For the most part, Dixie Witch straddles the line between southern and stadium rock, and while this album mostly hits the mark, there isn’t that much separating one song from the next. That said, Let It Roll doesn’t drag, at 36 minutes long, so you get your fill before it becomes too much to handle.
This is a solid, dynamic, vintage rock ‘n roll record, 13 tracks spanning 57 minutes yet hardly a dull moment to be found.
“I never in a million years thought we’d be talking about Saint Vitus now but here we are on the move again. It’s all looking pretty good, and it’s unusual. But it’s o.k. with me. When I turned 50 I realized it was time to loosen up. I decided not to worry as much and realized I’d be o.k. if I had a few beers. I had an attitude change. I’m not as uptight anymore.”
Justin M. Norton in conversation with the one and only Scott “Wino” Weinrich
By Gruesome Greg Sonic Medusa is a brand-new quartet of heavy rock veterans like Greg Rogers of The Obsessed and Tom Five, who played…
I like free things. I especially like them when they give me the chance to see a bunch of bands I dig for, well, nothing. So, after passing on going to the initial Scion Rock Festival with Kevin Stewart-Panko last year when it happened in Atlanta, I made up my mind I wouldn’t miss this year’s edition. When it was announced in early February that this year’s edition would be happening in a much closer location – Columbus, Ohio to be exact – we made plans to go.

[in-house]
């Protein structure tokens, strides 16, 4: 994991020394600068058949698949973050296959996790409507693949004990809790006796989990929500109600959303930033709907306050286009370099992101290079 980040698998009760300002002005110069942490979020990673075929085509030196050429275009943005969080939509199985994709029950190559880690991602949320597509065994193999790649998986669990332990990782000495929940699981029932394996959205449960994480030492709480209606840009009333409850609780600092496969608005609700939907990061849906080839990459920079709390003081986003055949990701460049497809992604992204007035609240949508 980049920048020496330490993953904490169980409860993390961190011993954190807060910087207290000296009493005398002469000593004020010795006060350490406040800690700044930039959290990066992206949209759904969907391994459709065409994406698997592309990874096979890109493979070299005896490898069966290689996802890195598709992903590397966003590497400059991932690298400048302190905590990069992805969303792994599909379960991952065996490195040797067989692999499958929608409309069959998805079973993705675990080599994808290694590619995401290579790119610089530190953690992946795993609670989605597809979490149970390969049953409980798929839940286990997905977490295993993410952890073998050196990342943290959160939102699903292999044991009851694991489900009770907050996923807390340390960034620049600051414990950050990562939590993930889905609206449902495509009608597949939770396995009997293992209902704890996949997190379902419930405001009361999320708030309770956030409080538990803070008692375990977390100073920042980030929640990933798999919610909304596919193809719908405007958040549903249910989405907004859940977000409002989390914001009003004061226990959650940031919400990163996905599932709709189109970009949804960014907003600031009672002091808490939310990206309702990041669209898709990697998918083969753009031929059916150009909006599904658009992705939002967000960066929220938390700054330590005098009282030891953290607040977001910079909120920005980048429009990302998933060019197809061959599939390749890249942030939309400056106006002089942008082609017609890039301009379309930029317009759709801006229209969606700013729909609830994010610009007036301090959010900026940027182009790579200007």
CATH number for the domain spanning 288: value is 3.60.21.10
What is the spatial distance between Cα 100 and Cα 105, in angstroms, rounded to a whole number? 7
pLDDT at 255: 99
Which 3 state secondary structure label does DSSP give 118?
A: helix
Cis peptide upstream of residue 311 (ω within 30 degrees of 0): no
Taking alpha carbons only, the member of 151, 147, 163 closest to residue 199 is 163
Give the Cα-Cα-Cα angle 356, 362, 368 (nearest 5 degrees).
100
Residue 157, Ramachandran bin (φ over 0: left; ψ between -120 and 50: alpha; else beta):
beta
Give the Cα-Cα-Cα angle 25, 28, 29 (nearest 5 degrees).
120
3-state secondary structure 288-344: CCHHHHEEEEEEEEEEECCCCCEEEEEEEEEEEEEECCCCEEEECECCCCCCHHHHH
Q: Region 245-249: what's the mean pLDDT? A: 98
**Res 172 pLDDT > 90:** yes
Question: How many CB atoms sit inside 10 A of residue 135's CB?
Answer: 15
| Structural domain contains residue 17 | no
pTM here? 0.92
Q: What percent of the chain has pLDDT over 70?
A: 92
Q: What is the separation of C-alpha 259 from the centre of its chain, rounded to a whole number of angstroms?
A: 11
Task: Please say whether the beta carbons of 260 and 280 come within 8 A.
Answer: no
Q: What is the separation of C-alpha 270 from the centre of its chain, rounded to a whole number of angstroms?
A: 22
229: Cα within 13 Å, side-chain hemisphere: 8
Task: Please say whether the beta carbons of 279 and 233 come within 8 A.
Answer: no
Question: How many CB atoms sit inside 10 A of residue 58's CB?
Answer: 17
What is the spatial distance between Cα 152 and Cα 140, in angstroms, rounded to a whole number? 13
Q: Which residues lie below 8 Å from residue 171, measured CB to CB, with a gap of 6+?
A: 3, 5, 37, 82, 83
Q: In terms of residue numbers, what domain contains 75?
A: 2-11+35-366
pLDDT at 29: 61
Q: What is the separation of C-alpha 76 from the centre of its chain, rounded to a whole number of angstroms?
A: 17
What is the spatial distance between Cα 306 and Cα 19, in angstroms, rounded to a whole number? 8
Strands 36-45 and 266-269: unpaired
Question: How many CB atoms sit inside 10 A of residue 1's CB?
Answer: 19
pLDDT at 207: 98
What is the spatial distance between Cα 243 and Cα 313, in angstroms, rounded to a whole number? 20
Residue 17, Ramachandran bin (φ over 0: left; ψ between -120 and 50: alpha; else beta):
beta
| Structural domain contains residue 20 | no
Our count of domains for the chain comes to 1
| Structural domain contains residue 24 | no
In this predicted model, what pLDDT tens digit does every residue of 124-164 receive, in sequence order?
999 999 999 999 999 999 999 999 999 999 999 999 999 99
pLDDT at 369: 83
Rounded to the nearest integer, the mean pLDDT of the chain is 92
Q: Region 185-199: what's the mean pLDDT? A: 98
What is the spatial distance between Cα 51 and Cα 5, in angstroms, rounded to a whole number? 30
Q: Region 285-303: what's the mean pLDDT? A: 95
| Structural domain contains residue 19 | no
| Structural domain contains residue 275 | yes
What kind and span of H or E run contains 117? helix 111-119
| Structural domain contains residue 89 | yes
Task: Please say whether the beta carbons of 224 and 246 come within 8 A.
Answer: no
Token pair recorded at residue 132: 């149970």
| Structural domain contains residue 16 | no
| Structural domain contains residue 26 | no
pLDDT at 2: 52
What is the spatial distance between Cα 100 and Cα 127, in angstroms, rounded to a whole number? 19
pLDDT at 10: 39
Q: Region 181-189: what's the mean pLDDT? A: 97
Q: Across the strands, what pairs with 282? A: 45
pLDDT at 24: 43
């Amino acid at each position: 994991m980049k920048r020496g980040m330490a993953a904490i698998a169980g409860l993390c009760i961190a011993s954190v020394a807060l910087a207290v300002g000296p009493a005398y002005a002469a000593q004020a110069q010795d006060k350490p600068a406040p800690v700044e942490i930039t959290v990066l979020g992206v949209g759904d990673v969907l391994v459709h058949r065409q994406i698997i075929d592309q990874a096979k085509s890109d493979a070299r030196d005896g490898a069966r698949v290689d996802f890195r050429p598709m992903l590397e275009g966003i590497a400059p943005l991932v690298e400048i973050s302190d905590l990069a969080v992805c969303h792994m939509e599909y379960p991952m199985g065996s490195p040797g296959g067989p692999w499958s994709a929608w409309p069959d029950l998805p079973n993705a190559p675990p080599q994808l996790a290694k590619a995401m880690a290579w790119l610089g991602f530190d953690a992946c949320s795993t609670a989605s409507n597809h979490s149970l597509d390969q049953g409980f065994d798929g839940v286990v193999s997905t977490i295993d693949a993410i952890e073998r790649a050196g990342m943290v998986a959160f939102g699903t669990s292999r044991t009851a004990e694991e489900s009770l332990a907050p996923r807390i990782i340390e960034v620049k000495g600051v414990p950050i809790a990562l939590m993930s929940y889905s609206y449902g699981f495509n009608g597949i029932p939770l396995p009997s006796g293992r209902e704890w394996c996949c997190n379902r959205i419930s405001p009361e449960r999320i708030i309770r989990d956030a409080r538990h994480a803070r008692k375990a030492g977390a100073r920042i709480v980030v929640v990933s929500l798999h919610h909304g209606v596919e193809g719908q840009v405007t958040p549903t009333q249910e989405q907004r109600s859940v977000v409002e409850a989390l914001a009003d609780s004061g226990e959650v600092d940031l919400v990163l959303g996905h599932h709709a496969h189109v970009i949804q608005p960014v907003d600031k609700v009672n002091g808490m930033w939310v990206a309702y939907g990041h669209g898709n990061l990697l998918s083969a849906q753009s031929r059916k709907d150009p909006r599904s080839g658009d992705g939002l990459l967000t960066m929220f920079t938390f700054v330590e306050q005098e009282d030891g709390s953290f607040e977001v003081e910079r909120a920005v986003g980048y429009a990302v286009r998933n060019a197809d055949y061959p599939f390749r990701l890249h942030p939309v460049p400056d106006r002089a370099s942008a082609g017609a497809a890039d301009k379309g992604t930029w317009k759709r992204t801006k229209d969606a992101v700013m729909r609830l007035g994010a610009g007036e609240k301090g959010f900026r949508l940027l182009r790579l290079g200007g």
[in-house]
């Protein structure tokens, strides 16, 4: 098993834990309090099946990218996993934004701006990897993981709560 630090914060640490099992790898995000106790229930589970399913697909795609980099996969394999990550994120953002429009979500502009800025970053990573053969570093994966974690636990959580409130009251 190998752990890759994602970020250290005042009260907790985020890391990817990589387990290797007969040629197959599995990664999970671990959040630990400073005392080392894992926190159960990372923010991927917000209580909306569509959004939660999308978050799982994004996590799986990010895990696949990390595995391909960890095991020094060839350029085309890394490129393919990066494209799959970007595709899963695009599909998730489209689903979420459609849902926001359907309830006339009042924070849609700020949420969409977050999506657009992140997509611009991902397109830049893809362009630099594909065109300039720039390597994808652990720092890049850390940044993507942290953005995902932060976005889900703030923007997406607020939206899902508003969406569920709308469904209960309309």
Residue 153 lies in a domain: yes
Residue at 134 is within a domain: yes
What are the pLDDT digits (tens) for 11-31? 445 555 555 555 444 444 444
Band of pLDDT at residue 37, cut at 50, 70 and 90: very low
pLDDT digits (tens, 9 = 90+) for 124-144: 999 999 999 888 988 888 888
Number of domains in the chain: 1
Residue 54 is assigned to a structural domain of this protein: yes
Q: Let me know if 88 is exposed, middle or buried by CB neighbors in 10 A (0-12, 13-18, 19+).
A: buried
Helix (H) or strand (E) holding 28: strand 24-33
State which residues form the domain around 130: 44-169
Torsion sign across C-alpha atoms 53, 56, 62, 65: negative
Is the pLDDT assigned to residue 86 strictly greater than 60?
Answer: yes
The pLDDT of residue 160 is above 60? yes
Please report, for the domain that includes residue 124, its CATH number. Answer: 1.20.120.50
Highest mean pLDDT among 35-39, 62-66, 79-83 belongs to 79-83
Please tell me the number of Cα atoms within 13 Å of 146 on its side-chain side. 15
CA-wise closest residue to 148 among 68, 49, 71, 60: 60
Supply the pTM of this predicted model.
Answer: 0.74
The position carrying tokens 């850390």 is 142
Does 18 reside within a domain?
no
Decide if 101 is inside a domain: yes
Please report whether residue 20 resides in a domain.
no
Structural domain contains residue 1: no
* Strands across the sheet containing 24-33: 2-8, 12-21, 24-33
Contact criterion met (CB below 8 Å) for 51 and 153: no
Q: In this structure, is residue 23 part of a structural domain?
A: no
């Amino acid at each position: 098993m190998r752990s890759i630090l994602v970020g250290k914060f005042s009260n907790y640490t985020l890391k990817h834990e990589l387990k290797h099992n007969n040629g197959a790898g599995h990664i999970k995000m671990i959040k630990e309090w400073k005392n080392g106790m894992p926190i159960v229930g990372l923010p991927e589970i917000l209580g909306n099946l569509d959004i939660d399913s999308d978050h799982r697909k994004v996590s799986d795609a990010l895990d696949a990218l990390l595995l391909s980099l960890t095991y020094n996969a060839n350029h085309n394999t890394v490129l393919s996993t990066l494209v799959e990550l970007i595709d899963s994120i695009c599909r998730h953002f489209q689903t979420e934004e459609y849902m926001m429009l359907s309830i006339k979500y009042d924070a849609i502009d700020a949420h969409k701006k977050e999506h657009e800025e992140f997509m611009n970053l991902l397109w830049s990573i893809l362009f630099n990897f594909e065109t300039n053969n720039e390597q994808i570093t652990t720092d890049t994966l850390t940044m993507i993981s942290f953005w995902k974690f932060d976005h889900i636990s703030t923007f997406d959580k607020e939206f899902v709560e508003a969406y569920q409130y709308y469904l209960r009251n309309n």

Sean Palmerston recaps the 2010 Scion Rock Festival in Columbus OH for Hellbound.ca.
With a roster of talent that is hard to match, Shrinebuilder’s Shrinebuilder is an impressive debut.
I could barely contain my excitement when Scott Kelly, Al Cisneros and Dale Crover quietly joined Wino, set up their stuff, pointedly ignored the choruses of cheers and the prerequisite ‘I love you, man’ from some drunk/high audience member and just started playing.